We went through a few stressful weeks trying to figure out what to do and going through different options. We’d already started a process we didn’t expected to get so complicated. We considered me doing the name change, but I can’t because I wasn’t born in the U.S and do not have a U.S birth certificate nor my own citizenship certificate (I got it automatically when my mother did as a child). That part is another long story but basically, no legal name change for me.
We started thinking about whether we could get a new certificate: we could not remarry in Maryland, Delaware, Pennsylvania, or Virgina.
Finally, we found our option: New York.
New York is much more liberal in its laws. On your New York license both you AND your spouse write down your new last names, including whether you are hyphenating them or combining them like we did. And so we made a plan that we would go to Niagara Falls for our one year anniversary and get re-married (because at this point it was about 9 months after we’d first gotten married, moved, changed names). New York even has an option on its marriage license application if you’re getting remarried. The clerks in New York (so much nicer than the MD ones! we were shocked!) said they get weird cases like us all the time.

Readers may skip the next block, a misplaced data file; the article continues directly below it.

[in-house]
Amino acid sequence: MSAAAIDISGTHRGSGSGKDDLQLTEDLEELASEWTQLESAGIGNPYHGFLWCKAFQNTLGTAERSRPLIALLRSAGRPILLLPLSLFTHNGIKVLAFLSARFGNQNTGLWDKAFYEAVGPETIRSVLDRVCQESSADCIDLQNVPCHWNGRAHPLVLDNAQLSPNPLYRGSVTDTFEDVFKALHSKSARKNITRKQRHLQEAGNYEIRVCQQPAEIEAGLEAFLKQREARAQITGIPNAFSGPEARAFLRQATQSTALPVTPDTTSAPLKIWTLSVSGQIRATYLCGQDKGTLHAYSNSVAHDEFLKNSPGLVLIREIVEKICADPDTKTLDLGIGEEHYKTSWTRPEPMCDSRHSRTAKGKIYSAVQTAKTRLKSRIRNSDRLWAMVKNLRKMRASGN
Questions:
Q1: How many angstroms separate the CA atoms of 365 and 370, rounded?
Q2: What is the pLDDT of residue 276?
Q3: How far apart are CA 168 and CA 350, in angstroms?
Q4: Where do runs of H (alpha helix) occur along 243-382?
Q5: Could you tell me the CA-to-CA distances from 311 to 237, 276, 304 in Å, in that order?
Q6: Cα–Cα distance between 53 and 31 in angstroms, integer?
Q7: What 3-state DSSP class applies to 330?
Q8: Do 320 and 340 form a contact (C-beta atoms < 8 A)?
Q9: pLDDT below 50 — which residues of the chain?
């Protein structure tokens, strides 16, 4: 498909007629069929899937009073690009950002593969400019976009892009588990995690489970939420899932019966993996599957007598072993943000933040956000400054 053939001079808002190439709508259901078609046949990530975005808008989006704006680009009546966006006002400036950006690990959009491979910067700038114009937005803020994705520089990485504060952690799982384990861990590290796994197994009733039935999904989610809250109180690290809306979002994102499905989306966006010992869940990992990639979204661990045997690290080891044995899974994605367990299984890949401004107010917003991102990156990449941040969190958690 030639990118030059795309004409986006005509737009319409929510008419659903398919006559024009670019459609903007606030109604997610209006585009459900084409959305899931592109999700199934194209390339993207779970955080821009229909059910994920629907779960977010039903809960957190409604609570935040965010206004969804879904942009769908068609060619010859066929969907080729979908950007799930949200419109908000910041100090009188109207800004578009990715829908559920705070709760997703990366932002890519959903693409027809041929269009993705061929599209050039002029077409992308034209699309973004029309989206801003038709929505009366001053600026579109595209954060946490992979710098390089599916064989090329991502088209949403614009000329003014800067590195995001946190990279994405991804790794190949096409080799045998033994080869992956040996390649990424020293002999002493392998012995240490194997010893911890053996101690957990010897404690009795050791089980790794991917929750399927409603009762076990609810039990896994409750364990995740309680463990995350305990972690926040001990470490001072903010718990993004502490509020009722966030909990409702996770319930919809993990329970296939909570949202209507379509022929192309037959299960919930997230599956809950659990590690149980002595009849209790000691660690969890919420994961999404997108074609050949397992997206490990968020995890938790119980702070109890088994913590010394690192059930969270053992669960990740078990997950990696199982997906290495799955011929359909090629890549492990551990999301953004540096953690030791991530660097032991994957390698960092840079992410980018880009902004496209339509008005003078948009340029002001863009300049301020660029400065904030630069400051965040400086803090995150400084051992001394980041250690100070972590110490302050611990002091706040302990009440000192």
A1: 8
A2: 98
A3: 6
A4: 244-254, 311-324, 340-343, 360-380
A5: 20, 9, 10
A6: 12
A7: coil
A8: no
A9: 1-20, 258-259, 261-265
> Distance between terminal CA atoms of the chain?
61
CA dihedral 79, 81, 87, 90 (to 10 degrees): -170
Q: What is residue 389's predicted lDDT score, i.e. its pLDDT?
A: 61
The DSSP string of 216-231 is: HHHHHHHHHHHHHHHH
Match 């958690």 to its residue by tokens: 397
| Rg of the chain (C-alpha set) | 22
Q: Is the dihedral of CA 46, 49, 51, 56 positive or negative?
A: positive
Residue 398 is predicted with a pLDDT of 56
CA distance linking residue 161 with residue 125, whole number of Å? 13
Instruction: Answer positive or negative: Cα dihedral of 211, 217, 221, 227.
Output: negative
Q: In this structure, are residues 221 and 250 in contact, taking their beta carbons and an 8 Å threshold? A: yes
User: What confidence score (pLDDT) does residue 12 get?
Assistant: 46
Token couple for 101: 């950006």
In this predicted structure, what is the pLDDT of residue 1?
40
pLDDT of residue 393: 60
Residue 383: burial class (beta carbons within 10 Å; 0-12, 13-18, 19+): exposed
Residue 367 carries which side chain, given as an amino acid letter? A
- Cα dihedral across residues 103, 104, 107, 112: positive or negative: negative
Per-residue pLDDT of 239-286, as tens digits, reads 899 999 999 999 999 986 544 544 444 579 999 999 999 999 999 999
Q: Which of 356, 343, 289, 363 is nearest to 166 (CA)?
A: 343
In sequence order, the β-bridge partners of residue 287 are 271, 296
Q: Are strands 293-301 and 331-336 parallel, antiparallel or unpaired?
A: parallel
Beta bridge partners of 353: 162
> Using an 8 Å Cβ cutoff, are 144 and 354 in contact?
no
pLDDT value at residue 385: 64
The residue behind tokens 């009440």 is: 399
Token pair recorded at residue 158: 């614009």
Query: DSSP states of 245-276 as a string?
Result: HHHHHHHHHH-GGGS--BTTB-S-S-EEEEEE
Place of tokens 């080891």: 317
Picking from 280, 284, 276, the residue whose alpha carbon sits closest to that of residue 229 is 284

And so, about one year to the day we FIRST got married, we got married a SECOND time at a park overlooking Niagara Falls:
It was magical and yes, I have a picture recap coming soon 😀
A few days later I went and changed my name and thankfully, our fiasco is over with. But here is what I learned, for any couples considering doing what we did:
1. IT DEPENDS ON YOUR STATE. This is key, every state is different. New York was clearly more liberal in this regard than many other states, even though we thought Maryland would be. Research your state extensively to make sure you know what the process will be like, and maybe talk to people directly in the court to get their perspective (if they’re nice enough to give it). With that said…